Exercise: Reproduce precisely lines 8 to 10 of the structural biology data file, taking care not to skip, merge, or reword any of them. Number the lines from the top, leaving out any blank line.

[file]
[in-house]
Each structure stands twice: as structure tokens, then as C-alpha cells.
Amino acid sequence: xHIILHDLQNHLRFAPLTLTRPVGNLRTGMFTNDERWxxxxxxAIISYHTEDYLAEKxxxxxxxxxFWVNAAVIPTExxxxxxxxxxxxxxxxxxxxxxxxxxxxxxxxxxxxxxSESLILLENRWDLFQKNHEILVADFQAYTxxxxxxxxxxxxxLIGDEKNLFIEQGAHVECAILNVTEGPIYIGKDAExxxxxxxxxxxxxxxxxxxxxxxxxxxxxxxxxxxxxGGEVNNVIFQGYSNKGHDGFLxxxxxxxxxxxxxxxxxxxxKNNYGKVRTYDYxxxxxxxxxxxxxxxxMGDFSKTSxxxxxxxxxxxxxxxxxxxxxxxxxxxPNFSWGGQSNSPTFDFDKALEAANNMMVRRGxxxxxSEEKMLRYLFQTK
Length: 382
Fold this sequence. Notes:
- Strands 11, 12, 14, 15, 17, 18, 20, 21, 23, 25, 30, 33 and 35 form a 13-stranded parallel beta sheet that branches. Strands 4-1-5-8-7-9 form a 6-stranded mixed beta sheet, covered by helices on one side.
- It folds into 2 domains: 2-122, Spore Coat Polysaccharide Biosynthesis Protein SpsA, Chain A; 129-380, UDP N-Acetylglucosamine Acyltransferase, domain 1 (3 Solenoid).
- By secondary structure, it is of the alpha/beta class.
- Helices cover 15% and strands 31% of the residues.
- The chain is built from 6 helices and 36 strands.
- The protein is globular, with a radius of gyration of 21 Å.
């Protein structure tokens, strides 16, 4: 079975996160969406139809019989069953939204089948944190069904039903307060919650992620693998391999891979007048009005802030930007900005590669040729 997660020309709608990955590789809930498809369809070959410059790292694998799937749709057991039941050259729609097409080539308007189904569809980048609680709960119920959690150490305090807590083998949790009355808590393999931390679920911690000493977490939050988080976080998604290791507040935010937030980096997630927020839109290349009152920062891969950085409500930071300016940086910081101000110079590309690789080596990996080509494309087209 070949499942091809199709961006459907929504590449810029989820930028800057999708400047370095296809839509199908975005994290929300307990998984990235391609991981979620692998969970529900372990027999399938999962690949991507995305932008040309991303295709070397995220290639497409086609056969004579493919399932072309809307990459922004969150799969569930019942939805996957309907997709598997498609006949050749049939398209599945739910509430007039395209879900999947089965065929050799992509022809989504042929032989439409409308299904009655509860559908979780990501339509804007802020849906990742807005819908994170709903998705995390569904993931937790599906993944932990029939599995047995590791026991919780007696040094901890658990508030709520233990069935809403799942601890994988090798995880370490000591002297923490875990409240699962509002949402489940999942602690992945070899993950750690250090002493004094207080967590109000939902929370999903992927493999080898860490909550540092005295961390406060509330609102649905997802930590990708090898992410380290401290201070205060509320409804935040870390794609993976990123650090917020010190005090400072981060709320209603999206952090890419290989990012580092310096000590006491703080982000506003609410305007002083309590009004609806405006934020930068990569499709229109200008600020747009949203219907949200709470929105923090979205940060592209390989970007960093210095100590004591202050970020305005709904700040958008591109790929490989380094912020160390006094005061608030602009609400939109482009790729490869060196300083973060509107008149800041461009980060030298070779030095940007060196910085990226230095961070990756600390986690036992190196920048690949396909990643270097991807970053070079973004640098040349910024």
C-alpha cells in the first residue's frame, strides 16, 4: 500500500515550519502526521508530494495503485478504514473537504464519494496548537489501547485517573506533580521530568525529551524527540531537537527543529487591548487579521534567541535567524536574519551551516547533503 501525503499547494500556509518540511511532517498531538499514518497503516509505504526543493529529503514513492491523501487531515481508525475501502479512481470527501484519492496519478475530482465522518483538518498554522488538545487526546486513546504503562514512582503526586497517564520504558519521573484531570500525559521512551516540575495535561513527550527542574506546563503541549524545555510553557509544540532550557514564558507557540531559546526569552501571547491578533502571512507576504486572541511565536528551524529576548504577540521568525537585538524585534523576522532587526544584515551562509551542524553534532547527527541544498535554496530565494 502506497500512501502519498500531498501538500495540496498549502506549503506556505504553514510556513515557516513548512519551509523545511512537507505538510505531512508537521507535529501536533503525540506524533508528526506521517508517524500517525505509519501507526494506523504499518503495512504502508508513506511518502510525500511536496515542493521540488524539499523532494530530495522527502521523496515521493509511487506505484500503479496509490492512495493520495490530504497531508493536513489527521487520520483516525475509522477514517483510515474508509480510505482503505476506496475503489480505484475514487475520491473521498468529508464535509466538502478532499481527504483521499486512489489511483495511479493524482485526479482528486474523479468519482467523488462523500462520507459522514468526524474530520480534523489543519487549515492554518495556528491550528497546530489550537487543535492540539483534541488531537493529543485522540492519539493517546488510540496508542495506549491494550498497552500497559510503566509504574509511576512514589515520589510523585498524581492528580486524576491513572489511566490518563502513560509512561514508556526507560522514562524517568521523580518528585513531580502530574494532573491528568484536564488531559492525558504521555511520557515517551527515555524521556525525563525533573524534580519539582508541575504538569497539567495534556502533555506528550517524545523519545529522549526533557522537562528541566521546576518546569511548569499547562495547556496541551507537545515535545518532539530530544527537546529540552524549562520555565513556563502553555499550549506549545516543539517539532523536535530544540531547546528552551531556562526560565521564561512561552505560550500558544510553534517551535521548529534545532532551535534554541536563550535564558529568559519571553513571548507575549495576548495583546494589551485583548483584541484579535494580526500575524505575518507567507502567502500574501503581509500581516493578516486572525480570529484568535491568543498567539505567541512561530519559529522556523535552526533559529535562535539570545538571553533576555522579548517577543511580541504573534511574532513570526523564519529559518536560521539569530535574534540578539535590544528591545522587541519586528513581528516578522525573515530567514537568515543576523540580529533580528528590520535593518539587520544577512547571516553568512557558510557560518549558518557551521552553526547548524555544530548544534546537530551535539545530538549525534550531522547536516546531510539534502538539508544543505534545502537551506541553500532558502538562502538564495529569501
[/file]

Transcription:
- By secondary structure, it is of the alpha/beta class.
- Helices cover 15% and strands 31% of the residues.
- The chain is built from 6 helices and 36 strands.